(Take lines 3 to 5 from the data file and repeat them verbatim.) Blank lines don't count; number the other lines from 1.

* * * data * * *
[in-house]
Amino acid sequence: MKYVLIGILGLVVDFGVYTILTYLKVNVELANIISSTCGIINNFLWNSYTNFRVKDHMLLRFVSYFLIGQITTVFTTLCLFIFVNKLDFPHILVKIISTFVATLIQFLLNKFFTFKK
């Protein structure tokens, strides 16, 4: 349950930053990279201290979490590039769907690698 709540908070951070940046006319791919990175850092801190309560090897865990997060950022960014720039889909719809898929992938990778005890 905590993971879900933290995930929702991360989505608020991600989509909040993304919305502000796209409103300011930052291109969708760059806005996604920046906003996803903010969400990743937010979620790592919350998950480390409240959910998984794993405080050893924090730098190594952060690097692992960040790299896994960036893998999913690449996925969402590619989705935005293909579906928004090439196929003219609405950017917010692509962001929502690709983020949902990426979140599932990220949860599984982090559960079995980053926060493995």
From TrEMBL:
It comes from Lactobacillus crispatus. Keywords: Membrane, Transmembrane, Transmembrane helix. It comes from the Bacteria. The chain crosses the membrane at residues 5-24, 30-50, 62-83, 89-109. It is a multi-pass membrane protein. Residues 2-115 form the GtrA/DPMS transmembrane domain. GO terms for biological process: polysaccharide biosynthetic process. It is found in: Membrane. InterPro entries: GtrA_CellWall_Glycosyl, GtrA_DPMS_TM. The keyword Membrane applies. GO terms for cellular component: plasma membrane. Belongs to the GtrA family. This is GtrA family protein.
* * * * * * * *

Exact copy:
């Protein structure tokens, strides 16, 4: 349950930053990279201290979490590039769907690698 709540908070951070940046006319791919990175850092801190309560090897865990997060950022960014720039889909719809898929992938990778005890 905590993971879900933290995930929702991360989505608020991600989509909040993304919305502000796209409103300011930052291109969708760059806005996604920046906003996803903010969400990743937010979620790592919350998950480390409240959910998984794993405080050893924090730098190594952060690097692992960040790299896994960036893998999913690449996925969402590619989705935005293909579906928004090439196929003219609405950017917010692509962001929502690709983020949902990426979140599932990220949860599984982090559960079995980053926060493995």
From TrEMBL:
It comes from Lactobacillus crispatus. Keywords: Membrane, Transmembrane, Transmembrane helix. It comes from the Bacteria. The chain crosses the membrane at residues 5-24, 30-50, 62-83, 89-109. It is a multi-pass membrane protein. Residues 2-115 form the GtrA/DPMS transmembrane domain. GO terms for biological process: polysaccharide biosynthetic process. It is found in: Membrane. InterPro entries: GtrA_CellWall_Glycosyl, GtrA_DPMS_TM. The keyword Membrane applies. GO terms for cellular component: plasma membrane. Belongs to the GtrA family. This is GtrA family protein.